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Television sitcom star and comedian Tim Allen wants to “take the power away” from the N-word.

The 60-year-old actor-comedian told the Tampa Bay Times in Florida that the term “N-word” is worse than the racial slur it represents.

“(The phrase) ‘the N-word’ is worse to me than ‘n—–,’ ” said Allen in an interview with Times media and TV critic Eric Deggans.

“You want to take the power away from that word so that no one is offended by it,” Allen said.

“If I have no intent, if I show no intent, if I clearly am not a racist, then how can ‘n—–’ be bad coming out of my mouth?”

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Deggans wrote:

For him, the criticism that keeps any nonblack comic from using the word is a step backward from the days when [Richard] Pryor and [Lenny] Bruce were breaking comedy boundaries by purposefully using street language in ways middle-of-the-road comics wouldn’t dare.

The star of TV’s “Home Improvement” and “Last Man Standing,” and films such as “The Santa Clause” made the comments last month after controversy ignited over celebrity chef Paula Deen’s admitted use of racial slurs in 1986. The interview was published this week ahead of a stand-up performance.

Allen argued that the taboo against white people saying the word was itself a damaging practice and insisted that the an unfair double standard was at play.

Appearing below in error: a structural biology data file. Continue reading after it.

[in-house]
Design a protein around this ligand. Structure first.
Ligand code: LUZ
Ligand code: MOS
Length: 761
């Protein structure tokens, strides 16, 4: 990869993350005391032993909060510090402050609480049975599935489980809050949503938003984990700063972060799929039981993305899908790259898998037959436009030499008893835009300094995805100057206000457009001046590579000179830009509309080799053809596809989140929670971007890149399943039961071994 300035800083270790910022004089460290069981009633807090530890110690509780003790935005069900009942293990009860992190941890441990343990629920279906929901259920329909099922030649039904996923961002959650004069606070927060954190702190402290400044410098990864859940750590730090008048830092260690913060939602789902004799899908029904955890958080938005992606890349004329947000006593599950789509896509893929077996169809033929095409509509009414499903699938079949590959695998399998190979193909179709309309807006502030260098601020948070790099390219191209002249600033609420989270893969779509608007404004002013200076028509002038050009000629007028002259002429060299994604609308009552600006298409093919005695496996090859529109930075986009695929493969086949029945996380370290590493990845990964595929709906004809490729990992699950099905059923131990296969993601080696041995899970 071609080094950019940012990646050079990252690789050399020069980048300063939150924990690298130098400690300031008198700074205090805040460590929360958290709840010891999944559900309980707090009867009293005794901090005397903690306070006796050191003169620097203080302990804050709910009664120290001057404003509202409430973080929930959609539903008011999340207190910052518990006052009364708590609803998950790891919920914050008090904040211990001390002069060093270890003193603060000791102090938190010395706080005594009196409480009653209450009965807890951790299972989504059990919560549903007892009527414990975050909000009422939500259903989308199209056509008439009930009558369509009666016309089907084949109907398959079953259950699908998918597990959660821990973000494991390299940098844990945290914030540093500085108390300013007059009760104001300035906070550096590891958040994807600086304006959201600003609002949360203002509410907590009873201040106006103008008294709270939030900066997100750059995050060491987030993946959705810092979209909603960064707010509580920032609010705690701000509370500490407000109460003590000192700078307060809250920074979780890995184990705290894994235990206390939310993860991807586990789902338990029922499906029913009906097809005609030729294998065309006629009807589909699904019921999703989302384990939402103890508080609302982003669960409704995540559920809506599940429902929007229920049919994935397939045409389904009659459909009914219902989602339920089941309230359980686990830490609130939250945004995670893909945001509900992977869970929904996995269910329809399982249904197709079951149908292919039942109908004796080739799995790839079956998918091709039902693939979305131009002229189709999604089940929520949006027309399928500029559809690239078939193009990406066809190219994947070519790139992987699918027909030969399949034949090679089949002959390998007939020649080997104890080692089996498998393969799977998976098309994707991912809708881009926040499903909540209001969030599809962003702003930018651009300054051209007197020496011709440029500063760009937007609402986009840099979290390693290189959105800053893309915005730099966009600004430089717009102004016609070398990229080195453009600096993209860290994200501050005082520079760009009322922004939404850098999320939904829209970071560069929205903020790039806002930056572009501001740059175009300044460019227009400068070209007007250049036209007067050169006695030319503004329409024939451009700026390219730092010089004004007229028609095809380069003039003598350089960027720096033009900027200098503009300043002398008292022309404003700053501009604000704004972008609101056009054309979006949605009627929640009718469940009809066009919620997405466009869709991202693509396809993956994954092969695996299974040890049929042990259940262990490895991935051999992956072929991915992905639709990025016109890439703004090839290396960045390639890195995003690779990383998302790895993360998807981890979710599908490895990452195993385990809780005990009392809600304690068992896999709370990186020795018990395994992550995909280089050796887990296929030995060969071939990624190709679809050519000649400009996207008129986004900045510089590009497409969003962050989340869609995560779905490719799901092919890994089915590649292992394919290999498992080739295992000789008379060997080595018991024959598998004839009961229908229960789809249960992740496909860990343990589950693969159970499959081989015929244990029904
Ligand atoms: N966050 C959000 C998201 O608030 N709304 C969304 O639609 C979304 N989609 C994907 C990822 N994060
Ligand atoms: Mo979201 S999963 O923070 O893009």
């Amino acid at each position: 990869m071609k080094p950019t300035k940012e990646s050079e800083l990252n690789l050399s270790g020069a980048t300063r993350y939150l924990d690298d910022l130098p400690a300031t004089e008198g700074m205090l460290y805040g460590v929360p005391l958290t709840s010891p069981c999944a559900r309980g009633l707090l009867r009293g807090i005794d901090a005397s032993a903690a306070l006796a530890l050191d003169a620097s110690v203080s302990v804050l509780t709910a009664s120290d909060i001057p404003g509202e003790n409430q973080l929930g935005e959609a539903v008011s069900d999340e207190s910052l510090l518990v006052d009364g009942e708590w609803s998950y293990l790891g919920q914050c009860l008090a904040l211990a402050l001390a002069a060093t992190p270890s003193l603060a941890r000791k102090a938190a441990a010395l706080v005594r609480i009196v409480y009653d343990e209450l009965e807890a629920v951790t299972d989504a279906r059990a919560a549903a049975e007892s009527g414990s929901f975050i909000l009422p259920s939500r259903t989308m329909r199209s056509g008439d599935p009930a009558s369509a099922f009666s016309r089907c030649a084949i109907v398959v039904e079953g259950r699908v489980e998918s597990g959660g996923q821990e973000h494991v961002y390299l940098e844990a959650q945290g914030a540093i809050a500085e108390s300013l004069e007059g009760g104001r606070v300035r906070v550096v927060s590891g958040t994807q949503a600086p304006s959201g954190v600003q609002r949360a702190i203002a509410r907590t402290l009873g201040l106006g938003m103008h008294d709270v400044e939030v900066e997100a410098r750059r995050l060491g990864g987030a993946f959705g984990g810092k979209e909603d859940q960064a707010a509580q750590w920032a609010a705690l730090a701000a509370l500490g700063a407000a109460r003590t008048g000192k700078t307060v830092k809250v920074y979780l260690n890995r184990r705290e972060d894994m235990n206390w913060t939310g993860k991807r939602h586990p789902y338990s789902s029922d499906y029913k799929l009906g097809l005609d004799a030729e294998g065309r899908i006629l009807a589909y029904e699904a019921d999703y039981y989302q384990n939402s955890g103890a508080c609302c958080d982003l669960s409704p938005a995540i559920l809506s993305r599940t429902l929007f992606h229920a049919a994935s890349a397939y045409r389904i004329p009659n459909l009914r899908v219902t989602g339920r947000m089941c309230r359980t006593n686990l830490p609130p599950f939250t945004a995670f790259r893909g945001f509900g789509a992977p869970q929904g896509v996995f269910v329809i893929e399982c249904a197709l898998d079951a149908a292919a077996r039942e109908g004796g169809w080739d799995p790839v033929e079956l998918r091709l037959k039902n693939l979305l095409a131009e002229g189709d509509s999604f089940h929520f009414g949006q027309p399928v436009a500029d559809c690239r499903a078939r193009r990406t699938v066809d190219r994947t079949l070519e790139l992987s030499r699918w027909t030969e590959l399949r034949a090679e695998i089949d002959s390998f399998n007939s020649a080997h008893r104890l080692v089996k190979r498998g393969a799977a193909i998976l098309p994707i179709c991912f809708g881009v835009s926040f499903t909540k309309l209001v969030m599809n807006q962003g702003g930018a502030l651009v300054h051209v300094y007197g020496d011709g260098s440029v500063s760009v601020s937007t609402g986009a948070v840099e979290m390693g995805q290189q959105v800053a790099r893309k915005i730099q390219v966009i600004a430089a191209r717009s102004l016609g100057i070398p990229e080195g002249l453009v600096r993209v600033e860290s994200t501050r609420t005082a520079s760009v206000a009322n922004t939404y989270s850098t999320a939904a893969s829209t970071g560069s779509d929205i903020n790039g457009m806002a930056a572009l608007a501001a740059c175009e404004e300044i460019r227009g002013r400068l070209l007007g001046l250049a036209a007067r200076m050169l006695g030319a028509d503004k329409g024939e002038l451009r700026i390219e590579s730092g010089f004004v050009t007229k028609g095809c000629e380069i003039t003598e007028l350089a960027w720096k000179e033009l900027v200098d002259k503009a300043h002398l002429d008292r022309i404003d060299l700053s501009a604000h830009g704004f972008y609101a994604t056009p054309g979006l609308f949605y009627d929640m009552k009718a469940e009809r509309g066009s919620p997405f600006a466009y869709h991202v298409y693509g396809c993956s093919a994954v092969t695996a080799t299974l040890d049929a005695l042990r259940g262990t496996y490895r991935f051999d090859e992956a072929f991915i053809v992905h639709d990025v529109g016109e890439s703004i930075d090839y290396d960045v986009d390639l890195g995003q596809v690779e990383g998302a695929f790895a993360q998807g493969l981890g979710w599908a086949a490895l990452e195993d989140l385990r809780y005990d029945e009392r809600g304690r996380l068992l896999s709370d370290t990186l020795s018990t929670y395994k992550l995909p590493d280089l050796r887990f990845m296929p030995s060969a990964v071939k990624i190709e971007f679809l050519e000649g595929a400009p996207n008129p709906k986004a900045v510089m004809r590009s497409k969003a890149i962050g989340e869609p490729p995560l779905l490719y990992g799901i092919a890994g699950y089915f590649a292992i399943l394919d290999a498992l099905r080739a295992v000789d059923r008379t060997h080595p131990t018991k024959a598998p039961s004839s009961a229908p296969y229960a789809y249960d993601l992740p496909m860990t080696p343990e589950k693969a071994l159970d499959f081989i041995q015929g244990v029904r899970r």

“I’ve had this argument on stage a million times. I do a movie with Martin Lawrence and pretty soon they’re referring to me, ‘hey, my n—–’s up.’ So I’m the n—– if I’m around you guys but 7 feet away, if I said n—–, it’s not right. It’s very confusing to the European mind how that works, especially if I’ve either grown up or evolved or whatever, it literally was growing up in Colorado, with Hispanics and Anglos, that’s all I remember.”

“So when Paula Deen (admits her language), they go after her, and now we’ve gone backwards in the world.”

According to Deggans, the comedian did not censor his use of the word, but rather said it freely several times in “talking about how using racial [s]lurs feels from a white guy’s perspective.”

Allen’s comments were dissected on social networking sites and TV talk shows.

Georgetown Professor Michael Eric Dyson condemned Allen on Melissa Harris-Perry’s MSNBC show on Sunday.

“Look, y’all invented the N-word,” he said. “We didn’t invent it. We just co-opted it. We hijacked it. We did a carjacking on that word a few decades ago, and now you’re mad because we’ve made more sexy use of it — some denigration as well. And now you want back in? No, you can’t have back in.

“He says it’s confusing to me. It ain’t confusing!” Dyson continued. “Here’s a general rule of thumb to follow when using the N-word for white people. Never. When you do that, then you understand you can’t do it.”

In a statement provided by his spokeswoman, Allen says it wasn’t his intention to offend anyone.

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